Do I Really Have to Get an HIV Test Every 6 Months?

HIV blood tests, illustration

A while back, someone asked me why they had to get tested for HIV every six months.She was concerned because even going in for a single test filled them with fear. I was confused since HIV testing every 6 months isn't a standard recommendation. Then I realized that she had misunderstood two instructions that had been given to one of her friends.

The person who had written to me was incredibly stressed out about the idea that she might have to go for an HIV test every 6 months for the rest of her life. However, she was confused. Her recently tested friend had been told:

  1. To get an HIV test again in 6 months
  2. That regular testing would be a good idea

These recommendations had been given because the friend in question was generally at high risk of HIV infection due to her lifestyle choices. They were also given because she had a known exposure to the HIV virus. Let me explain.

Get Tested in 6 Months

The reason this person's friend had been told to come back and get tested again in 6 months is that it can take some time before an HIV test can be trusted to accurately pick up an infection. How much time depends on the type of HIV test chosen and numerous other variables. However, in general, most people who have been infected with HIV will test positive by the time six months have passed from their exposure to the HIV virus. That's why if someone has a known exposure they are often advised to get tested or tested again after six months have passed. 

Regular Testing Is a Good Idea

It's clear that regular HIV testing is a good idea for everyone. However, the definition of "regular" has some flexibility depending on your level of risk. If you are serially monogamous and/or regularly have unprotected sex with multiple partners, you should probably be getting tested at least once a year. You might even want to get tested more often. Even if the sex you have is safe, yearly testing isn't a bad idea if you have with multiple partners. On the other hand, if you're in a long-term monogamous relationship with no potential workplace or other (IV drug, etc.) exposures, less frequent testing is fine. You can afford to go a bit longer between tests. The trick is being honest with yourself about your risk profile. There are an awful lot of people who don't think they're at risk of HIV when they really are.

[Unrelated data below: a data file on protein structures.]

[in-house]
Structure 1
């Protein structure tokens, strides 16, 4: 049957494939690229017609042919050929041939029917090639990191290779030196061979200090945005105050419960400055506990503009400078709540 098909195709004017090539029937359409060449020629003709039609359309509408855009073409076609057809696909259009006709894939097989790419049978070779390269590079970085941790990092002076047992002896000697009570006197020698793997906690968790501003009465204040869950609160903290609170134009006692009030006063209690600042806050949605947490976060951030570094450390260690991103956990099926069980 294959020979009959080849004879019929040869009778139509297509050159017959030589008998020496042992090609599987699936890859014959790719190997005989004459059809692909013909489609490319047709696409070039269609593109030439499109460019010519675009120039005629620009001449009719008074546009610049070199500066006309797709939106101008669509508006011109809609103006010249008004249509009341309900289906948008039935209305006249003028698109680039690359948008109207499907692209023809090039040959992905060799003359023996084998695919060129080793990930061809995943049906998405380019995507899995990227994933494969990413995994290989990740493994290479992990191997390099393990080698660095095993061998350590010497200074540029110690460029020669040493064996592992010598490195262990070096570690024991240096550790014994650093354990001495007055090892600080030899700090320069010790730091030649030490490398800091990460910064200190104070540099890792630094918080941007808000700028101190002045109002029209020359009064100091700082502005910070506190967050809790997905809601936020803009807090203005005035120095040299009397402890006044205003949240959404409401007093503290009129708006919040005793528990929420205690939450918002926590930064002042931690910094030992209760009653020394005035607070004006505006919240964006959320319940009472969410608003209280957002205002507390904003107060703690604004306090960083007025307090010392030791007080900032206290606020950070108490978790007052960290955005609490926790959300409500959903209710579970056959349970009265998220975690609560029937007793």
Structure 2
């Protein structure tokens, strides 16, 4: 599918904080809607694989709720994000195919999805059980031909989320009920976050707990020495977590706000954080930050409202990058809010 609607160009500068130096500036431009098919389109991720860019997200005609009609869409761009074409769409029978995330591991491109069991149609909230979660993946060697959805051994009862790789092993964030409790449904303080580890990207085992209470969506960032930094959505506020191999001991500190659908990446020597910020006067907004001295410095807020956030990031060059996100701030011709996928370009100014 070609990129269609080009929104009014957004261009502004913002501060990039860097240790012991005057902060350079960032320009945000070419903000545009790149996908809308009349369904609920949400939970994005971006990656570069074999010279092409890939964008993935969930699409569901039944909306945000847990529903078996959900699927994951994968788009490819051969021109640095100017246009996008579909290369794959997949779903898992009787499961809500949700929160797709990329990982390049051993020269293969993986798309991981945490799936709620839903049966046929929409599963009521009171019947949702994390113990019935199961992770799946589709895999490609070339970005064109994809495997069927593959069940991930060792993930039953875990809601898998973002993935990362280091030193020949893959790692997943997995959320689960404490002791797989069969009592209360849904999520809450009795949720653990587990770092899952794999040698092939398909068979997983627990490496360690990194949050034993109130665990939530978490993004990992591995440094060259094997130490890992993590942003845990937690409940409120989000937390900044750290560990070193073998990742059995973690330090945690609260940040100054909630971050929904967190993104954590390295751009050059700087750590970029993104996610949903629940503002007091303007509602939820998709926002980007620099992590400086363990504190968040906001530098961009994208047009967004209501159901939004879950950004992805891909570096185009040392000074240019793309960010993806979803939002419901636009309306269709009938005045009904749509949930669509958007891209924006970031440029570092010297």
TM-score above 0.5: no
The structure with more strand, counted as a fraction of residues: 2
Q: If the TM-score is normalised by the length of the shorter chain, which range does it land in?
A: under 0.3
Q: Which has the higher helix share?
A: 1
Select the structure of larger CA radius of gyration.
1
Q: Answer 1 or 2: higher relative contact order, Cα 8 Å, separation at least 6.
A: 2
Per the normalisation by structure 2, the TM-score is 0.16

I can't deny that HIV testing is scary. That's true even if you know your risk is low. The trick is to remember that you aren't really scared of the HIV test. You're scared of learning you have HIV or AIDS. Not getting tested won't protect you from an HIV infection. It only protects you from knowing that you're infected. In turn, that protects you from getting treatment in a timely manner. Since treatment can keep people with HIV healthy, it's better to know than to wait. 

With the HIV virus, knowing may not be half the battle. It's still a heck of a lot better than living in ignorance. Early treatment can prevent HIV from having long-term effects on your body. It can keep you healthier. It can even prevent HIV from doing much damage at all. It also makes it easier for you to protect the health of your partners. Hopefully knowing that you can do something about a positive test makes HIV testing less scary. 

Did You Know: Some doctors offer rapid HIV tests. Waiting for 20 minutes for a result is a lot less scary than waiting for up to two weeks!